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As the protocol proceeds, both Alice and Bob agree to be bound to the contract with a greater and greater probability. For example, Alice might define her a as 2 percent and Bob might define his b as 1 percent. (It would be nice if they had chosen larger increments; we will be here for a while.) Alices first message might state that she is bound with 2 percent probability. Bob might respond that he is bound with 3 percent probability. Alices next message might state that she is bound with 5 percent probability and so on, until both are bound with 100 percent probability.
If both Alice and Bob complete the protocol by the completion date, all is well. Otherwise, either party can take the contract to the judge, along with the other partys last signed message. The judge then randomly chooses a value between 0 and 1 before seeing the contract. If the value is less than the probability the other party signed, then both parties are bound. If the value is greater than the probability, then both parties are not bound. (The judge then saves the value, in case he has to rule on another matter regarding the same contract.) This is what is meant by being bound to the contract with probability p.
Thats the basic protocol, but it can have more complications. The judge can rule in the absence of one of the parties. The judges ruling either binds both or neither party; in no situation is one party bound and the other one not. Furthermore, as long as one party is willing to have a slightly higher probability of being bound than the other (no matter how small), the protocol will terminate.
Simultaneous Contract Signing without an Arbitrator (Using Cryptography)
This cryptographic protocol uses the same baby-step approach . DES is used in the description, although any symmetric algorithm will do.
Why do Alice and Bob have to go through all this work? Lets assume Alice wants to cheat and see what happens. In steps (4) and (5), Alice could disrupt the protocol by sending Bob nonsense bit strings. Bob would catch this in step (6), when he tried to decrypt whatever half he received. Bob could then stop safely, before Alice could decrypt any of Bobs message pairs.
If Alice were very clever, she could only disrupt half the protocol. She could send one half of each pair correctly, but send a gibberish string for the other half. Bob has only a 50 percent chance of receiving the correct half, so half the time Alice could cheat. However, this only works if there is one key pair. If there were only two pairs, this sort of deception would succeed 25 percent of the time. That is why n should be large. Alice has to guess correctly the outcome of n oblivious transfer protocols; she has a 1 in 2n chance of doing this. If n = 10, Alice has a 1 in 1024 chance of deceiving Bob.
Alice could also send Bob random bits in step (8). Perhaps Bob wont know that she is sending him random bits until he receives the whole key and tries to decrypt the message halves. But again, Bob has probability on his side. He has already received half of the keys, and Alice does not know which half. If n is large enough, Alice is sure to send him a nonsense bit to a key he has already received and he will know immediately that she is trying to deceive him.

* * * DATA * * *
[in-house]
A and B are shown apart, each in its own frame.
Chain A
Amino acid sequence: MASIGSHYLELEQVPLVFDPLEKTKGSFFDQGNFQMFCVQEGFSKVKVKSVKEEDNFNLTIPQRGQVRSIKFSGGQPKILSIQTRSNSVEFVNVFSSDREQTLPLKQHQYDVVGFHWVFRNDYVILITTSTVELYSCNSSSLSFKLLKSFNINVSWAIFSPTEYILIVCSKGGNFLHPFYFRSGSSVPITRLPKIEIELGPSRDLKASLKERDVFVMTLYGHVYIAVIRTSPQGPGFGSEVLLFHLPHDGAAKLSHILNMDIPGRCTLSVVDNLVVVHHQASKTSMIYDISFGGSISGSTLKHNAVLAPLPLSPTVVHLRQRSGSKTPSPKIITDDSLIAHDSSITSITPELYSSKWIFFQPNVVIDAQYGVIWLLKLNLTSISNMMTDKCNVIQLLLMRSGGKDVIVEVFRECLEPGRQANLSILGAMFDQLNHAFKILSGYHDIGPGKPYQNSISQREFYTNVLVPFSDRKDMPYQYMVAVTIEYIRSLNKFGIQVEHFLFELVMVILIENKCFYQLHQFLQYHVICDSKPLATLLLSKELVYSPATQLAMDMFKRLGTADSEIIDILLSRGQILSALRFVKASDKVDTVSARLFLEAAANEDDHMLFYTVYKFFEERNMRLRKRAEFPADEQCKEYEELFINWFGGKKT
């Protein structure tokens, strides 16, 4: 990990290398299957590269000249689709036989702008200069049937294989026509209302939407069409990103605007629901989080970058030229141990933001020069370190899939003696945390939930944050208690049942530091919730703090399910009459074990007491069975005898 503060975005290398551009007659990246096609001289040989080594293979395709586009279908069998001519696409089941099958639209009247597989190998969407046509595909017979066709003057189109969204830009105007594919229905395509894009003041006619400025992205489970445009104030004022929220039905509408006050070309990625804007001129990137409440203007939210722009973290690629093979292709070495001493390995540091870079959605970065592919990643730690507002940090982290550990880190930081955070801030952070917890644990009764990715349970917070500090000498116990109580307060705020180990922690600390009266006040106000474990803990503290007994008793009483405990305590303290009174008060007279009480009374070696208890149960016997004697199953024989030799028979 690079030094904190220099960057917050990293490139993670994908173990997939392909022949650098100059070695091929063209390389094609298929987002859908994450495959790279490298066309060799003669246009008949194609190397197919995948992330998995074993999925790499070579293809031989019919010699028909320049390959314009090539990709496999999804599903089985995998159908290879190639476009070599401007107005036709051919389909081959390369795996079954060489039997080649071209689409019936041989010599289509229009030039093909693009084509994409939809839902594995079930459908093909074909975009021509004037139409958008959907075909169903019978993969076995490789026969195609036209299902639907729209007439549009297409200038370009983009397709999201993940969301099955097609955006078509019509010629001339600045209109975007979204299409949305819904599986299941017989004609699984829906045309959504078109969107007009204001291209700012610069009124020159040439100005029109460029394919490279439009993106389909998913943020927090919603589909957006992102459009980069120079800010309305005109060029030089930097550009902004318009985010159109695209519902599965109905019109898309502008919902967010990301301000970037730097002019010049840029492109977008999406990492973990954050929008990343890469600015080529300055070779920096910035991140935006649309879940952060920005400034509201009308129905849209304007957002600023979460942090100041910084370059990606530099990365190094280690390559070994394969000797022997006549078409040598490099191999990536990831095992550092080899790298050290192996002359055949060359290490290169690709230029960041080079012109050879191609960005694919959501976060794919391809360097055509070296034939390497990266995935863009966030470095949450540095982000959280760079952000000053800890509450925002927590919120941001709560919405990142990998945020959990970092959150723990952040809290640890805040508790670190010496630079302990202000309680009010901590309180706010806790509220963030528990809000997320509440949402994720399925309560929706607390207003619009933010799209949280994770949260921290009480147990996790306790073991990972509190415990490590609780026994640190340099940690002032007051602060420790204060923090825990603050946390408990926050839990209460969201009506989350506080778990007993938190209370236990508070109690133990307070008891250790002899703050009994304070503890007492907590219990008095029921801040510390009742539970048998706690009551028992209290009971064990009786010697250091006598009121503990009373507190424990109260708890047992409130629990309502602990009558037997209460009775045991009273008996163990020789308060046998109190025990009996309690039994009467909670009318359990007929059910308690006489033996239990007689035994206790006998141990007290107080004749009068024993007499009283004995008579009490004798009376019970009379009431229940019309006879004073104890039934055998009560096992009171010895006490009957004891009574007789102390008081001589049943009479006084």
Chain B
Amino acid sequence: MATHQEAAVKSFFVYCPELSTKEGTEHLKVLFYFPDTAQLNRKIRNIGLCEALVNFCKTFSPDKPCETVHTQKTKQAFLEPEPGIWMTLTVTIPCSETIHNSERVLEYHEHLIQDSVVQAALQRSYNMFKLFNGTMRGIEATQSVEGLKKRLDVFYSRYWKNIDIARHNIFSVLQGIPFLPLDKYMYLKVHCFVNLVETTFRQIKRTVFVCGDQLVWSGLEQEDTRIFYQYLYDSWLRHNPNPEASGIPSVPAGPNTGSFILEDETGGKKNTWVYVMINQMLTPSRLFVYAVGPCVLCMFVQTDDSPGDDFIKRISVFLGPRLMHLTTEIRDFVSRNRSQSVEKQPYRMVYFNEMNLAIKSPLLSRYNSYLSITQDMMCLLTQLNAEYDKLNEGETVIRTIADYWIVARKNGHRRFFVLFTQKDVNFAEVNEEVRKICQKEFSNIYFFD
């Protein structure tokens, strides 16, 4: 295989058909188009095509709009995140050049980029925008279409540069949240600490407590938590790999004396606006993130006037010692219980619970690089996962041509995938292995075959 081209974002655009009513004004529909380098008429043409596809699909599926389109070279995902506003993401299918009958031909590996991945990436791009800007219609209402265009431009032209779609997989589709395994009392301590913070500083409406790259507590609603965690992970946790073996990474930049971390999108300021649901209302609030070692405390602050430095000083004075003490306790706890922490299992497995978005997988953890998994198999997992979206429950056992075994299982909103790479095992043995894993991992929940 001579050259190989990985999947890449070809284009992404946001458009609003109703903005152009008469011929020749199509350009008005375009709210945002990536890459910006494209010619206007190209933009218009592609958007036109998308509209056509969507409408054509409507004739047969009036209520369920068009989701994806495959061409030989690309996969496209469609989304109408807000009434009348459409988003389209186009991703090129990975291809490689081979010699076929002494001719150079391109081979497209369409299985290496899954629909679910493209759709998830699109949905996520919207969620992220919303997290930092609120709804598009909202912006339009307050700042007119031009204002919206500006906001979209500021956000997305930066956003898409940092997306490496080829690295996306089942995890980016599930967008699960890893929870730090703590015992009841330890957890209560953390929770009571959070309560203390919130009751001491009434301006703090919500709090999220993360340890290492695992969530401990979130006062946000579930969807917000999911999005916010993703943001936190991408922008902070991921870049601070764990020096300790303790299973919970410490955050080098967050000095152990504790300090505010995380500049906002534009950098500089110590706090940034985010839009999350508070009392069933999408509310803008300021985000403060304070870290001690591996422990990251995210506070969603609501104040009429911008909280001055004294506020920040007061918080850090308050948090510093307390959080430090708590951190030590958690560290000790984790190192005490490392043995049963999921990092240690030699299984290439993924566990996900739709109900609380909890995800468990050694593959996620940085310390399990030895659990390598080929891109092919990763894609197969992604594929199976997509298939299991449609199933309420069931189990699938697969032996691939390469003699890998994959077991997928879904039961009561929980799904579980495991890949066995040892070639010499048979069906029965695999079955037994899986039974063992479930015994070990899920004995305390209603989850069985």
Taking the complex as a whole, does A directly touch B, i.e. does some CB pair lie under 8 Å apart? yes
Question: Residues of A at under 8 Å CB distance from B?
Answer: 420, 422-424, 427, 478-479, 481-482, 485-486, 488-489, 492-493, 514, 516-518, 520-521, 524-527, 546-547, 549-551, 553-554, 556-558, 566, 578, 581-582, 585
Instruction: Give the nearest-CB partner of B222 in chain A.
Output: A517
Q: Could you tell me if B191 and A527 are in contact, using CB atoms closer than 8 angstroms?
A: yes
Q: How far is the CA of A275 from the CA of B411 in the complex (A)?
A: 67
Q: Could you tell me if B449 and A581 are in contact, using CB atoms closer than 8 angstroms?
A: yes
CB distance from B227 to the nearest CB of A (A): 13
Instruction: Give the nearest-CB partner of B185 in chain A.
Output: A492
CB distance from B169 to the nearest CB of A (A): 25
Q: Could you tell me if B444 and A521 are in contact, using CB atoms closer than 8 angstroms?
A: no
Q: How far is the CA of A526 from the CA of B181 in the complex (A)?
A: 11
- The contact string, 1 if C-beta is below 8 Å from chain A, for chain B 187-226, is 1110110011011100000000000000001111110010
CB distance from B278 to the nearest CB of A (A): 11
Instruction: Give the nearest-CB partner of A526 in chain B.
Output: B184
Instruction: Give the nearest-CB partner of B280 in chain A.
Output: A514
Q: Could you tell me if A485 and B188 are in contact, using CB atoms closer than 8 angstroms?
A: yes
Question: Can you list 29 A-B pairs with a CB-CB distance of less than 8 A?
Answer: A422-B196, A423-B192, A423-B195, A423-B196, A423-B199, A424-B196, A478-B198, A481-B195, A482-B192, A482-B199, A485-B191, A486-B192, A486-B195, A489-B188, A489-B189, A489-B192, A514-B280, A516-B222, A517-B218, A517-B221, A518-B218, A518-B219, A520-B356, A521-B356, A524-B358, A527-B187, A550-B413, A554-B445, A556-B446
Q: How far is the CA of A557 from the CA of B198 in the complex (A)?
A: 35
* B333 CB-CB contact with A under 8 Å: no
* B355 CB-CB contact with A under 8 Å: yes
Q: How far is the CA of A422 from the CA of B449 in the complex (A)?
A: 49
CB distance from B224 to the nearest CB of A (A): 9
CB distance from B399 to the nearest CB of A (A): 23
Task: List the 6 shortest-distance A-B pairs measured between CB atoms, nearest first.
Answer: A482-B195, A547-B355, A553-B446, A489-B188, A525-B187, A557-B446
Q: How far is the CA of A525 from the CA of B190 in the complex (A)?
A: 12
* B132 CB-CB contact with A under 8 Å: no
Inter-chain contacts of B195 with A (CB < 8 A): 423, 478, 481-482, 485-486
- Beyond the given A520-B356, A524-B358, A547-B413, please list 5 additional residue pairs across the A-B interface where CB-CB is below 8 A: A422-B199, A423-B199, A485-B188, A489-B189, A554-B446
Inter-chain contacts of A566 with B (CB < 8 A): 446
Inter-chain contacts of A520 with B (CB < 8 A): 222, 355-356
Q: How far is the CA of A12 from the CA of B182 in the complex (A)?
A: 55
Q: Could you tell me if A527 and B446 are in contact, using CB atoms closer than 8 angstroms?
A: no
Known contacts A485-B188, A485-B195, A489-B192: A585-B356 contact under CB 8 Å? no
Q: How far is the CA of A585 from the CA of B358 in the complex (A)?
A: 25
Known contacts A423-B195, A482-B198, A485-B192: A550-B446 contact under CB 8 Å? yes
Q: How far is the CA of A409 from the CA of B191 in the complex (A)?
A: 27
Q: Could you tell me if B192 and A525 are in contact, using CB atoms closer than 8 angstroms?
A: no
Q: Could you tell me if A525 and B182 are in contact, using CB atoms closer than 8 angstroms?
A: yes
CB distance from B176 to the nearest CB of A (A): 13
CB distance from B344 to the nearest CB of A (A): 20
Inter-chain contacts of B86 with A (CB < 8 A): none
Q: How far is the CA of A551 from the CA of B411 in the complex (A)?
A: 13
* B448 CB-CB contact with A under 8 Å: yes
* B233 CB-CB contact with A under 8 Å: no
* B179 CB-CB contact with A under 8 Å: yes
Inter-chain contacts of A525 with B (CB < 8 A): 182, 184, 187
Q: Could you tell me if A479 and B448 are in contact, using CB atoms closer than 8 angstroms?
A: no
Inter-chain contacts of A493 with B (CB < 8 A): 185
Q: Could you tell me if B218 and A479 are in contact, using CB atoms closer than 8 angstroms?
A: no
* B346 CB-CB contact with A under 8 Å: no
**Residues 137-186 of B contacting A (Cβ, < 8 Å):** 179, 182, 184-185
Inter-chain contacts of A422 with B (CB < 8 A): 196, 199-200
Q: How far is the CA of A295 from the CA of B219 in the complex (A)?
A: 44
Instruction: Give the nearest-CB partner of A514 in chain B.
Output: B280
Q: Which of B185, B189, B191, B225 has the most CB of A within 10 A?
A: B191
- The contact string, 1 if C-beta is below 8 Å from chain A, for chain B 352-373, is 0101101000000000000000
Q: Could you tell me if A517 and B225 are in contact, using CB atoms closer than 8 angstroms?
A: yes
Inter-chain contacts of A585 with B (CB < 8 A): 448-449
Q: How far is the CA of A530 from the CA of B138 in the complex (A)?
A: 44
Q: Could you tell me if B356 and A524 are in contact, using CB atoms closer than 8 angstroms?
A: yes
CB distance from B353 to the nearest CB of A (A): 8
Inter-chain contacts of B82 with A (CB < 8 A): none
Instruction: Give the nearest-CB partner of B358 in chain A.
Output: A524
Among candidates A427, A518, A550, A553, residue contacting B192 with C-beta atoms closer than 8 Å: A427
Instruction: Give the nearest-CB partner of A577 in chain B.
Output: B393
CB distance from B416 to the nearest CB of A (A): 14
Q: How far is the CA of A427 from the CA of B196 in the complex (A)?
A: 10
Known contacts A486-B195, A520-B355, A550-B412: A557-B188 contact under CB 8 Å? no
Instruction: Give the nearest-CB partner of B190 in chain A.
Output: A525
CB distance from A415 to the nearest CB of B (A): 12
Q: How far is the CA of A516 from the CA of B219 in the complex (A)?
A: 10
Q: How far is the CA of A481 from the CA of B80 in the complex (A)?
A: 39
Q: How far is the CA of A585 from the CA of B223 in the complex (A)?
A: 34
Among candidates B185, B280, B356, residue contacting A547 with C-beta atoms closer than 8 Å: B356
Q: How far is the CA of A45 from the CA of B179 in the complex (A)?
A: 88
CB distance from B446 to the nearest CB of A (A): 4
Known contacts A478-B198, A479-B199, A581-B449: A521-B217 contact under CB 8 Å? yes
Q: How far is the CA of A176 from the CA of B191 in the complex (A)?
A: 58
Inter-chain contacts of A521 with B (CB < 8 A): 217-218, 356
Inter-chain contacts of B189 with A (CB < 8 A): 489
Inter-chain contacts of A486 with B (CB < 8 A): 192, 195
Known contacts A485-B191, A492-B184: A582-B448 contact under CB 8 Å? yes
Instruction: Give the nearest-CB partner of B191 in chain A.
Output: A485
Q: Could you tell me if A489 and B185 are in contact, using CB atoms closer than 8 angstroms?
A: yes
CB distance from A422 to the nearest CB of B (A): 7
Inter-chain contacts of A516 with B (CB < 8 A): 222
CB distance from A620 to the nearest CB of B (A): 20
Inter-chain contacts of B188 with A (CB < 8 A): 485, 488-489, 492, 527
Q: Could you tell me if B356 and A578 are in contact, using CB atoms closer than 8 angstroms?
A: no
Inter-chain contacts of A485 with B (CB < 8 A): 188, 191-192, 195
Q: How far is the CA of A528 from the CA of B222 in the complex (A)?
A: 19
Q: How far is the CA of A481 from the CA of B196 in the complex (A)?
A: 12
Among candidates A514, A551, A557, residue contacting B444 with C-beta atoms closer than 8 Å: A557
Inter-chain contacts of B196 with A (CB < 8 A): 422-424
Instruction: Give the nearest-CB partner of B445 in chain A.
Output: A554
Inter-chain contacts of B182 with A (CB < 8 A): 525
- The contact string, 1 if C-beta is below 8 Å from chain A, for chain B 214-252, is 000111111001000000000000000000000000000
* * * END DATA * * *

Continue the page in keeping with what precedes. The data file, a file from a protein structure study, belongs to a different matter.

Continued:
Maybe Alice will just go along with step (8) until she has enough bits of the keys to mount a brute-force attack and then stop transmitting bits. DES has a 56-bit-long key. If she receives 40 of the 56 bits, she only has to try 216, or 65,536, keys in order to read the messagea task certainly within the realm of a computers capabilities. But Bob will have exactly the same number of bits of her keys (or, at worst, one bit less), so he can do the same thing. Alice has no real choice but to continue the protocol.
The basic point is that Alice has to play fairly, because the odds of fooling Bob are just too small. At the end of the protocol, both parties have n signed message pairs, any one of which is sufficient for a valid signature.
There is one way Alice can cheat; she can send Bob identical messages in Step (5). Bob cant detect this until after the protocol is finished, but he can use a transcript of the protocol to convince a judge of Alices duplicity.
There are two weaknesses with protocols of this type . First, its a problem if one of the parties has significantly more computing power than the other. If, for example, Alice can mount a brute-force attack faster than Bob can, then she can stop sending bits early in step (8), and figure out Bobs keys herself. Bob, who cannot do the same in a reasonable amount of time, will not be happy.
Second, its a problem if one of the parties stops the protocol early. If Alice abruptly stops the protocol, both face similar computational efforts, but Bob does not have any real legal recourse. If, for example, the contract specifies that she do something in a week, and Alice terminates the protocol at a point when Bob would have to spend a years worth of computing power before she is really committed, thats a problem. The real difficulty here is the lack of a near-term deadline by which the process cleanly terminates with either both or neither party bound.
These problems also apply to the protocols in Sections 5.8 and 5.9.
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